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Australian artist Michael Shannon was the youngest son of a farming family who was born in 1927 near Kapunda in South Australia.
Shannon had a keen interest in architecture but in 1945, as an eighteen year old, chose to attend the National Gallery School in Melbourne where he was taught by William Dargie and George Bell. He then travelled overseas where he studied from 1949 to 1950 in London and Paris and was influenced by British and French painters, Graeme Sutherland, Fernand Leger and Bernard Buffet. He also visited Florence before returning to Australia in 1952 where, over the next ten years, he started to evolve his own style of painting. Apart from living in Sydney between 1960 and 1962 Shannon lived in or near Melbourne for the rest of his life.
Shannon’s early life gave him an appreciation of the Australian landscape. His adult life in a city fostered his interest in architecture, panoramic city views, streetscapes and the detail of buildings, all of which were to be major themes for his paintings. Many of his early paintings were of Melbourne, including Princess Bridge (1956), The Shot Tower (1957) and Flinders Lane (1958). He also took great delight in his surroundings and painted the interiors of his homes and still life paintings of their contents. These included the commonplace such as fruit, vegetables, flowers and shoes. It is interesting that he rarely included people in his work and where they do appear they provide a sense of scale to the buildings and streets which were usually depicted as seen from the top of a roof. He did, however, paint some figurative works and one of his works, My Mabel Waits for Me (1952) won the George Crouch Memorial Prize in1953. At that time this was the second richest contemporary art prize in the country after the Archibald. Shannon won seven Australian art prizes between 1953 and 1982.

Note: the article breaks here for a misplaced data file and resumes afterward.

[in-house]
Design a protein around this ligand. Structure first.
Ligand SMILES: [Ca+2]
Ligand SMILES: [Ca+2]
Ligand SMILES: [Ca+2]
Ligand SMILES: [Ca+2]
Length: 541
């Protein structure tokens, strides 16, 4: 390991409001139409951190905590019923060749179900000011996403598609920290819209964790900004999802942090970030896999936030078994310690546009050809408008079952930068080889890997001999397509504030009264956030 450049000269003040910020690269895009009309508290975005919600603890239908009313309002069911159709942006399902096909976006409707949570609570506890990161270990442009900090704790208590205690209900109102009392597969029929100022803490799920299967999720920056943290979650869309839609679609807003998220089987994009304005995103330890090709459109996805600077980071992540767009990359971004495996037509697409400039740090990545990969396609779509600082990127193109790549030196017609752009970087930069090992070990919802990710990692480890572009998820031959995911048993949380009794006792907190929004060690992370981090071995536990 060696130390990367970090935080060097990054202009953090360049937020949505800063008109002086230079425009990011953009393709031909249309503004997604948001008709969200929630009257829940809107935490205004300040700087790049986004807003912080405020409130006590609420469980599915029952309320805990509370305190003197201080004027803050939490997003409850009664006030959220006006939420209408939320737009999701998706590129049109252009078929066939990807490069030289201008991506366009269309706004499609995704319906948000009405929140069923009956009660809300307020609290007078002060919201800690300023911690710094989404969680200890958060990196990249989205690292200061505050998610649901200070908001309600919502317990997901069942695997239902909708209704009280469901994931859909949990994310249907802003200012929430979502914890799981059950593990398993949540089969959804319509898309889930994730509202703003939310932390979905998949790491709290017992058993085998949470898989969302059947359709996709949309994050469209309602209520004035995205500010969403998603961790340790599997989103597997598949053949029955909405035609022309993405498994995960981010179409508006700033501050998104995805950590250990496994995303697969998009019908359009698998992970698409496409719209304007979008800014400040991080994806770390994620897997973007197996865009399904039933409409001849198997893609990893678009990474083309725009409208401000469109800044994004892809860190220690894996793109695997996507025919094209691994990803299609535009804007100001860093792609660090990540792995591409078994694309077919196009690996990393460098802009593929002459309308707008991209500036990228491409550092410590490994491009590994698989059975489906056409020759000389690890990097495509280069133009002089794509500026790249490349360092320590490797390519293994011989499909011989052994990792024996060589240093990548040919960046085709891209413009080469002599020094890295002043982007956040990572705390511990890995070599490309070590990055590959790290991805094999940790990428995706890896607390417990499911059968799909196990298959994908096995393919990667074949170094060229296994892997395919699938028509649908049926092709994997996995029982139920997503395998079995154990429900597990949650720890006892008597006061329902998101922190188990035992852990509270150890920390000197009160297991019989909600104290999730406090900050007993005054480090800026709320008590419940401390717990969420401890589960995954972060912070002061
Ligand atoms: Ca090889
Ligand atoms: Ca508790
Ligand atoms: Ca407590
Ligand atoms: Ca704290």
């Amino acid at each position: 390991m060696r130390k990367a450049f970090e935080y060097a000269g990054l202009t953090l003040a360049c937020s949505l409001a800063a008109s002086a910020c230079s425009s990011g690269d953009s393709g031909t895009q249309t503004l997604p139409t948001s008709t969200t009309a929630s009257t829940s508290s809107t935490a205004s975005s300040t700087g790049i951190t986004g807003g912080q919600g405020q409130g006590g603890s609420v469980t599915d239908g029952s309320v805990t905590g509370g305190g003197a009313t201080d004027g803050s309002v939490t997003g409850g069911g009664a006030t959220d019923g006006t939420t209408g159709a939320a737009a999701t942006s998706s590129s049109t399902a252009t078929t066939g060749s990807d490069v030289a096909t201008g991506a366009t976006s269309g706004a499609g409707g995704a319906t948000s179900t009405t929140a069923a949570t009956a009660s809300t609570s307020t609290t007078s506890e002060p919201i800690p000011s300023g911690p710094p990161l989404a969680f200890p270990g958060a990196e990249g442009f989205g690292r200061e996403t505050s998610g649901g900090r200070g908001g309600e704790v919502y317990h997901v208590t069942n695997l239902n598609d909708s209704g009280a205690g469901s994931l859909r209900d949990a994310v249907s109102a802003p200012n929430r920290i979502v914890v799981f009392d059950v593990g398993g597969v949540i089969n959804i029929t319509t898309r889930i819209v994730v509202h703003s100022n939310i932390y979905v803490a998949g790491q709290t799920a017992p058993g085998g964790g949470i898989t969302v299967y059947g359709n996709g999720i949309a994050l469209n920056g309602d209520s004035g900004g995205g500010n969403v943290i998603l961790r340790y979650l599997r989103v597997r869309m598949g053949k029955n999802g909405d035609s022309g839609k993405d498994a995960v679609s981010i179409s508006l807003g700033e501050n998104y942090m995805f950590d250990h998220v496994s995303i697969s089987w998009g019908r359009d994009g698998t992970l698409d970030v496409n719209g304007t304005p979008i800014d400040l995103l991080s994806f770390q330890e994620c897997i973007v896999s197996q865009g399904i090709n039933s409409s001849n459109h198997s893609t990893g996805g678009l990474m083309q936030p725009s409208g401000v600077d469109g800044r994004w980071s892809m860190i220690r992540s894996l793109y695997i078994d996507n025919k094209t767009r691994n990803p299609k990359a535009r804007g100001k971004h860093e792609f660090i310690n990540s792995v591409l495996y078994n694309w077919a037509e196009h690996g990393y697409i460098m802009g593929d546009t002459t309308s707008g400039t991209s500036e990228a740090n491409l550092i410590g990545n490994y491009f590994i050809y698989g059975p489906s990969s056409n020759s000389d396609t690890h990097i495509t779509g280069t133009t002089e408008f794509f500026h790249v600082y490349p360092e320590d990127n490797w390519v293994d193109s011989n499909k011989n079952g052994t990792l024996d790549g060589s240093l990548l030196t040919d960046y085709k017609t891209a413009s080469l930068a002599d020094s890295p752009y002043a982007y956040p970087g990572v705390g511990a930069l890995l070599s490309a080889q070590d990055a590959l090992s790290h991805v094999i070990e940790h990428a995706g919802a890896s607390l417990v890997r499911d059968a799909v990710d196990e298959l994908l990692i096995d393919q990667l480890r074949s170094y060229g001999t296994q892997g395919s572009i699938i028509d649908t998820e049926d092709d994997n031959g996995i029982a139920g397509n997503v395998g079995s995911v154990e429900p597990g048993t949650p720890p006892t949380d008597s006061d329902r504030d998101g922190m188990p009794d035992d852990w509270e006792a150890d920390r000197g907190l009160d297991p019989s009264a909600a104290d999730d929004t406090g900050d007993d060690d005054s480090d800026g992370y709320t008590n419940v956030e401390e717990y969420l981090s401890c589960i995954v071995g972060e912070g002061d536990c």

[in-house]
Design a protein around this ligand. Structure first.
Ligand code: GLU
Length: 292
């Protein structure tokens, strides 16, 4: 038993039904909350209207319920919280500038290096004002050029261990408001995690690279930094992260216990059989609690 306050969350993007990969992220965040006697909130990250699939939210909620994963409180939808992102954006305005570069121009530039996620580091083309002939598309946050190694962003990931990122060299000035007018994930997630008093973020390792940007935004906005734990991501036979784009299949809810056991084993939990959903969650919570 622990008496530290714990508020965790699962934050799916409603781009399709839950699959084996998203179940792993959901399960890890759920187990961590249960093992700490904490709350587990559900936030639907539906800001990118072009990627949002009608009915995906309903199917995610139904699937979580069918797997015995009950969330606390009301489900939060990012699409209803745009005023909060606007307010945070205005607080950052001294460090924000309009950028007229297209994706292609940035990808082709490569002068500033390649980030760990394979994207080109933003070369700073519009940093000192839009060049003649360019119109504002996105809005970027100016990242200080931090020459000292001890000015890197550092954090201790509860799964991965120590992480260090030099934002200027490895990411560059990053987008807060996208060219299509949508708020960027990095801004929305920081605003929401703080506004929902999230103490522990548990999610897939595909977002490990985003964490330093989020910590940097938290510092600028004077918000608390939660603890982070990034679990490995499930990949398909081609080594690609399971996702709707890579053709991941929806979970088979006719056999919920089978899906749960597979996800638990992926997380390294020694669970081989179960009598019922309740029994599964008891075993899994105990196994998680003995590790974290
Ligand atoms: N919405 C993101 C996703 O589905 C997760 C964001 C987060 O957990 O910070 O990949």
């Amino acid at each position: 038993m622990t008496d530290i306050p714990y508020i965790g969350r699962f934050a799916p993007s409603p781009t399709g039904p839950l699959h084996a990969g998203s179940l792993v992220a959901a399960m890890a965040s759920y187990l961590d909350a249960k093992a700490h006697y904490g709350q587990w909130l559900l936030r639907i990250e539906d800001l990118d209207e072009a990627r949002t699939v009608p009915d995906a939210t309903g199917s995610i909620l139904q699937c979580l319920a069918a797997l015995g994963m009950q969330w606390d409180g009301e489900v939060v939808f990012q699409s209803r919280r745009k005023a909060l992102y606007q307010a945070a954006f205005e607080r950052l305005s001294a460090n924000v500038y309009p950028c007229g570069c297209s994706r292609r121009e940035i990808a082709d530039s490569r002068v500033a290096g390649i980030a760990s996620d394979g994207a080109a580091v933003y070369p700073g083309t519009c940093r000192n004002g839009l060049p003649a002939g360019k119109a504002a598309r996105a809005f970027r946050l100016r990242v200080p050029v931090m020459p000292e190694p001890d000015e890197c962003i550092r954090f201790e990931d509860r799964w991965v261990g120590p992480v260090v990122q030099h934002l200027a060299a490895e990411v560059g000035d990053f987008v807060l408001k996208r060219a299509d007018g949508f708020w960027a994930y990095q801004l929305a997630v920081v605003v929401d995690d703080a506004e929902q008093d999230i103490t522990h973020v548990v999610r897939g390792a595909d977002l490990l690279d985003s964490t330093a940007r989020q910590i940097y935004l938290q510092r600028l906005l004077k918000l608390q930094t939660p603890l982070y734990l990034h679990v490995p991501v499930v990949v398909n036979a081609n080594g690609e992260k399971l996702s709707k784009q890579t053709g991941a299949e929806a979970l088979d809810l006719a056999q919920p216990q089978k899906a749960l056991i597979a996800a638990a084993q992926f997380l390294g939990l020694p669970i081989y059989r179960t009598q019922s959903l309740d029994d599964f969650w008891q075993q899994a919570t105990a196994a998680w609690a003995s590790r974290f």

In 1980 Shannon bought a house near Heathcote (a small rural town 110 kilometres north of Melbourne) and his growing interest in and love for the landscape became the focus of his work. He produced small intimate studies of rock faces, hillsides with trees and bush tracks, through to large canvasses of hills that stretched to distant horizons. His interest was always in the everyday and natural; he often chose aspects of this that were not usually noticed. He is best known for figurative paintings of the Australian landscape and realistic work based on his domestic surroundings.
Michael Shannon deserves his place beside his better known contemporaries John Brack, Jeffrey Smart and Fred Williams. His work is held in the collections of the National Gallery of Australia, all the State galleries, many regional galleries and private collections. American institutions also hold his work.
After a career of five decades and a long battle with Parkinson’s disease Shannon died in 1993 at the age of 64. His work has been appreciated more in recent years and at an exhibition in 2012 at the Art Gallery of Ballarat it received the acclaim that it deserves from Australian art critics.